• From the information currently available it is not recommended as an herbal medicine.
  • It is advisable for pregnant women, breastfeeding mothers, and young children to avoid the use of madder root.
  • Madder root is likely to be unsafe when consumed by mouth, because the chemicals it contains may lead to cancer.
  • There are also concerns that the herb may also result in body fluids, including urine, saliva, urine, tears, sweat, or even breast milk to become red.
  • Madder root should be used only under the supervision of a medical practitioner.

References:

https://www.itis.gov/servlet/SingleRpt/SingleRpt?search_topic=TSN&search_value=35145#null

https://davesgarden.com/guides/pf/go/59686/

https://pfaf.org/user/Plant.aspx?LatinName=Rubia+tinctorum

https://botanical.com/botanical/mgmh/m/madder02.html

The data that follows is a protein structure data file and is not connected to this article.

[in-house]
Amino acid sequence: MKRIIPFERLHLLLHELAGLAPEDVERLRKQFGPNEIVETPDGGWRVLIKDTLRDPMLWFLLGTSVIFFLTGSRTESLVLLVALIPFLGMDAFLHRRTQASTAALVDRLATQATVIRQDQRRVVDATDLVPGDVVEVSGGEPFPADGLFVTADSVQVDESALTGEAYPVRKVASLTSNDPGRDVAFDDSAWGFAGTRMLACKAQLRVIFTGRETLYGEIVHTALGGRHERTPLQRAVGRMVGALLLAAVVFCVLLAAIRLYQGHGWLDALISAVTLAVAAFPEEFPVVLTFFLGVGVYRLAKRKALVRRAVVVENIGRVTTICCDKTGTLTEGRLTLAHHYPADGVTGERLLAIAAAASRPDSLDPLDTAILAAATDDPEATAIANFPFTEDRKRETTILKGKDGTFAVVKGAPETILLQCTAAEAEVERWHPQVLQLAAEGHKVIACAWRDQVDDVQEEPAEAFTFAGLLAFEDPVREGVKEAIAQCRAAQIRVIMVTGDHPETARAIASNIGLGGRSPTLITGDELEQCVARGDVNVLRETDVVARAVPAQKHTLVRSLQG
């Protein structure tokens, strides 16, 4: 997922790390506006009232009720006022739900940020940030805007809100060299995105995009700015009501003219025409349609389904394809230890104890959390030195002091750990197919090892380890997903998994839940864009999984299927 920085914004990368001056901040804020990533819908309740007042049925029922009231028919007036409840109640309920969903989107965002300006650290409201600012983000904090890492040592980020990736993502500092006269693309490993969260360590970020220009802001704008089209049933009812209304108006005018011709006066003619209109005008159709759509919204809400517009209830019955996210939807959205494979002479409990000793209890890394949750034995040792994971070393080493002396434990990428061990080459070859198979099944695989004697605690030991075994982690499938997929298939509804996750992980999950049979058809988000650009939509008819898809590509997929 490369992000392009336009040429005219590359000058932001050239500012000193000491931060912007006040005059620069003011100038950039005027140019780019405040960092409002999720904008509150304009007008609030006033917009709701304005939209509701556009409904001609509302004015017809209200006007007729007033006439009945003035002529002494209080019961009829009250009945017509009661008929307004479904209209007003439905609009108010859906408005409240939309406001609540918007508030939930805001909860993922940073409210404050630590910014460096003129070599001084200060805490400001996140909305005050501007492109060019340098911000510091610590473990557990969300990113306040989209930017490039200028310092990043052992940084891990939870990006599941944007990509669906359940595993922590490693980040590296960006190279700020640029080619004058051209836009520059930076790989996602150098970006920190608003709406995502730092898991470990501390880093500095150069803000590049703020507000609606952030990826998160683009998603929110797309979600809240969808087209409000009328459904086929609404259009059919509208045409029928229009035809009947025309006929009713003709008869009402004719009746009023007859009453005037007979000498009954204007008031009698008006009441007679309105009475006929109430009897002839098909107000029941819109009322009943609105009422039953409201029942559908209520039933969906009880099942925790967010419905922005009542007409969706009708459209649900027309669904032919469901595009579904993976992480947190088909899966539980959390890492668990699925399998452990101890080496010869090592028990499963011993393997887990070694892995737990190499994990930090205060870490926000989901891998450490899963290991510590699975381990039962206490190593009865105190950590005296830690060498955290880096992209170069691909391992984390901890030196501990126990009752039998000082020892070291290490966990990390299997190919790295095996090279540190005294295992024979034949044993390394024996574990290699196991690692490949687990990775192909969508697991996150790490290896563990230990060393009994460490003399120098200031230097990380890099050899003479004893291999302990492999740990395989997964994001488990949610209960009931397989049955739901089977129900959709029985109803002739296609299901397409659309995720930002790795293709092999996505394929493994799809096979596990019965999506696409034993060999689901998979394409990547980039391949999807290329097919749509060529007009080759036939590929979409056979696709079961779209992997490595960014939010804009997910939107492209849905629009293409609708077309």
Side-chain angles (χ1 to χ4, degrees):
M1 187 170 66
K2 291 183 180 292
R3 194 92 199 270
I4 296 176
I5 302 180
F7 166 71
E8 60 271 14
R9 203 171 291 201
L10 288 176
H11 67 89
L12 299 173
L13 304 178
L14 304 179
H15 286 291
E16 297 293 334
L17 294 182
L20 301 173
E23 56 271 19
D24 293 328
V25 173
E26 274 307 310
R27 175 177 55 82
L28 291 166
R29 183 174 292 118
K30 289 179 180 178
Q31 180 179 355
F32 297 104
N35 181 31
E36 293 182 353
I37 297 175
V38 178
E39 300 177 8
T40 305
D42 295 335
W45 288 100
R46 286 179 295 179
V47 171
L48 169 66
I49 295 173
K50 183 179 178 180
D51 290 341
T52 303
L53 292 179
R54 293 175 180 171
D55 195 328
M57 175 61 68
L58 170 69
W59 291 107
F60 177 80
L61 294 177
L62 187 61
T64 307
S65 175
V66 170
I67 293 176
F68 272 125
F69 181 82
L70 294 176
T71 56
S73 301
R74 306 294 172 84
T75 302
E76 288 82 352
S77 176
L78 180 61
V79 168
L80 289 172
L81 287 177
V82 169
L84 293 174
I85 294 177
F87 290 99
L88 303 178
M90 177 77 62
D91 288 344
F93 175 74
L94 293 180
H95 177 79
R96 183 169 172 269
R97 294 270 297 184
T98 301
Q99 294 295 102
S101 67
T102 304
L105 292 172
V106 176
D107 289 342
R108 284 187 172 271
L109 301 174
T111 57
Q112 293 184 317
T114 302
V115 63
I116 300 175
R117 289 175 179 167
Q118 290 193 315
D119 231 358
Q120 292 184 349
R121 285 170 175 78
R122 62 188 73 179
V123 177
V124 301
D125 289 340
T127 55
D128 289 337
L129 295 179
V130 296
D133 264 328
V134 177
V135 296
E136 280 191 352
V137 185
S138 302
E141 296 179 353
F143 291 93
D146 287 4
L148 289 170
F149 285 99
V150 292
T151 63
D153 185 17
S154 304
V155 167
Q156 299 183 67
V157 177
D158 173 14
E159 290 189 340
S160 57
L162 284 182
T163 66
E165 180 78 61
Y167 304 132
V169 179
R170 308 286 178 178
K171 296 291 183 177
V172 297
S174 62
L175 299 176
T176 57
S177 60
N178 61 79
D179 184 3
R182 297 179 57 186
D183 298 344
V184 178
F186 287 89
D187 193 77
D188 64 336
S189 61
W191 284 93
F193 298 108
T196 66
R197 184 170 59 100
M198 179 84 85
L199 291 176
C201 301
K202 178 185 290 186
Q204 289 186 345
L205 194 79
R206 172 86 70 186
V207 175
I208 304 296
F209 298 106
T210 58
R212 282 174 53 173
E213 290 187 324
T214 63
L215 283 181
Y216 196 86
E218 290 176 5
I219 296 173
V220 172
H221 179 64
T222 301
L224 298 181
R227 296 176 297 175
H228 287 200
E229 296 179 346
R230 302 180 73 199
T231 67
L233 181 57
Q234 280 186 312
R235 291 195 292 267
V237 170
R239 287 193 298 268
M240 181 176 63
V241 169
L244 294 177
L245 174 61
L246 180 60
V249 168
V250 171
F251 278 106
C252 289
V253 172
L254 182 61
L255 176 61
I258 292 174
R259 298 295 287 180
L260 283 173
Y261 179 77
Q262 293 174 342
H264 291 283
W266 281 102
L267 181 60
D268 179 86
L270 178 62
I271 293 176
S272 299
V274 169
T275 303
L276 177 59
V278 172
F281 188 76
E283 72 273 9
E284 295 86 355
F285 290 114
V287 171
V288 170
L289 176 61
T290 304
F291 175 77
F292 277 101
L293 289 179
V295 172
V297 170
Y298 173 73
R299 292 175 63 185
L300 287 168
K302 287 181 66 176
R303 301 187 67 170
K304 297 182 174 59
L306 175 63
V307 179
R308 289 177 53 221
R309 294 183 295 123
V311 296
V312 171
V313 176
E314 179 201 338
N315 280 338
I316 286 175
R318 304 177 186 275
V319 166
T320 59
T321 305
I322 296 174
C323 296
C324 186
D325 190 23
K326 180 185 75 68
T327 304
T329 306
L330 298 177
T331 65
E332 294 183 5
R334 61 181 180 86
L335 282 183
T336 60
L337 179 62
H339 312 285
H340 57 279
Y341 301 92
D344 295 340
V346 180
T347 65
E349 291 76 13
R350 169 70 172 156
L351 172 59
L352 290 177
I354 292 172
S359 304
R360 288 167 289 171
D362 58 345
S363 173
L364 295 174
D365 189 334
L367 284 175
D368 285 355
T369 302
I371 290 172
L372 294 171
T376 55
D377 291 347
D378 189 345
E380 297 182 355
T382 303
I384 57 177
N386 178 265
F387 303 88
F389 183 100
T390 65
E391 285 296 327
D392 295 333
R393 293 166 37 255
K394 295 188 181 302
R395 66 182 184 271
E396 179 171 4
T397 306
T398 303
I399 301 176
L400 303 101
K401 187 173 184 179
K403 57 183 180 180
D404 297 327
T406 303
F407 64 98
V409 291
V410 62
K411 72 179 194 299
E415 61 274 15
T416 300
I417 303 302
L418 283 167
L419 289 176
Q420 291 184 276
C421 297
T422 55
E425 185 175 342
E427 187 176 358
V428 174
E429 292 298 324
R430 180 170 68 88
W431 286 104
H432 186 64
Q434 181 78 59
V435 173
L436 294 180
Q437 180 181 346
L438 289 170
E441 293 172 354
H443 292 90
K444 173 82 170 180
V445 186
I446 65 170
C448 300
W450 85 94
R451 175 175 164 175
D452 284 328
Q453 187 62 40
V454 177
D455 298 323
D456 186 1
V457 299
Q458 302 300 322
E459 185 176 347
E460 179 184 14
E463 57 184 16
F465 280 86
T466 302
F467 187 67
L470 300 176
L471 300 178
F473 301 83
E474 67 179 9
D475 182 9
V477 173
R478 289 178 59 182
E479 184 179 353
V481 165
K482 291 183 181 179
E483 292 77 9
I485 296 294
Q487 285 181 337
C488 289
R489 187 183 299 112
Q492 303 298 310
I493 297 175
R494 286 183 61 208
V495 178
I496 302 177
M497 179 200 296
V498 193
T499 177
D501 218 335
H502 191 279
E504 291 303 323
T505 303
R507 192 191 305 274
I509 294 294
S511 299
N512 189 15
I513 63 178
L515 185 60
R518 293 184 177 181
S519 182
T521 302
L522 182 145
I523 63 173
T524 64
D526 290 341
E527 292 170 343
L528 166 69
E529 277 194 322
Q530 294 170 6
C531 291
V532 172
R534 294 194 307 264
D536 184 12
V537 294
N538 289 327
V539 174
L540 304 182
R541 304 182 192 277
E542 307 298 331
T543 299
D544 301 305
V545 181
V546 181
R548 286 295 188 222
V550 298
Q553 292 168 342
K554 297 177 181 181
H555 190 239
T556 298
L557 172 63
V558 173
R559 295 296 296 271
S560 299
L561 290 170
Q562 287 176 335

https://plants.usda.gov/core/profile?symbol=RUTI2

https://www.wikidata.org/wiki/Q163641

http://www.theplantlist.org/tpl1.1/record/kew-180430

https://gd.eppo.int/taxon/RBITI

http://www.catalogueoflife.org/col/details/species/id/ee6c22fda9d418956146f01718d3f08a

http://www.tn-grin.nat.tn/gringlobal/taxonomydetail.aspx?id=32244

http://luirig.altervista.org/flora/taxa/index1.php?scientific-name=rubia+tinctorum

https://en.wikipedia.org/wiki/Rubia_tinctorum

https://www.cabi.org/isc/datasheet/46893